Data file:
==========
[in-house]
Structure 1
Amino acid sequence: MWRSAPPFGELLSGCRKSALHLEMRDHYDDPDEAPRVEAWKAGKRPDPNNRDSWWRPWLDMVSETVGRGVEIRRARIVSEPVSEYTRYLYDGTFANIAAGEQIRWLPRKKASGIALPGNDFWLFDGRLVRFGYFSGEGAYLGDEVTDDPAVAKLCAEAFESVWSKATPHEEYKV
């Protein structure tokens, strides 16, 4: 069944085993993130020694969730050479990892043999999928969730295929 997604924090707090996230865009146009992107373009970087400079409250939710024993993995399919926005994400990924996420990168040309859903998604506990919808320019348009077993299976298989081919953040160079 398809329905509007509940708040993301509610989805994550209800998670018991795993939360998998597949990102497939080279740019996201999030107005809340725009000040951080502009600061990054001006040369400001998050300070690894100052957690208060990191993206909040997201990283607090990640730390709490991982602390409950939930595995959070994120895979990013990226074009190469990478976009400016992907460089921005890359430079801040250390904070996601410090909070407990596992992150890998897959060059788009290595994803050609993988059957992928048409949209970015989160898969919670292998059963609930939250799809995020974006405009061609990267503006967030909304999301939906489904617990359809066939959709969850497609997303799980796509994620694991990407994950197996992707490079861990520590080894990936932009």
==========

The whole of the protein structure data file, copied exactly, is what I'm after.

[in-house]
Structure 1
Amino acid sequence: MWRSAPPFGELLSGCRKSALHLEMRDHYDDPDEAPRVEAWKAGKRPDPNNRDSWWRPWLDMVSETVGRGVEIRRARIVSEPVSEYTRYLYDGTFANIAAGEQIRWLPRKKASGIALPGNDFWLFDGRLVRFGYFSGEGAYLGDEVTDDPAVAKLCAEAFESVWSKATPHEEYKV
């Protein structure tokens, strides 16, 4: 069944085993993130020694969730050479990892043999999928969730295929 997604924090707090996230865009146009992107373009970087400079409250939710024993993995399919926005994400990924996420990168040309859903998604506990919808320019348009077993299976298989081919953040160079 398809329905509007509940708040993301509610989805994550209800998670018991795993939360998998597949990102497939080279740019996201999030107005809340725009000040951080502009600061990054001006040369400001998050300070690894100052957690208060990191993206909040997201990283607090990640730390709490991982602390409950939930595995959070994120895979990013990226074009190469990478976009400016992907460089921005890359430079801040250390904070996601410090909070407990596992992150890998897959060059788009290595994803050609993988059957992928048409949209970015989160898969919670292998059963609930939250799809995020974006405009061609990267503006967030909304999301939906489904617990359809066939959709969850497609997303799980796509994620694991990407994950197996992707490079861990520590080894990936932009």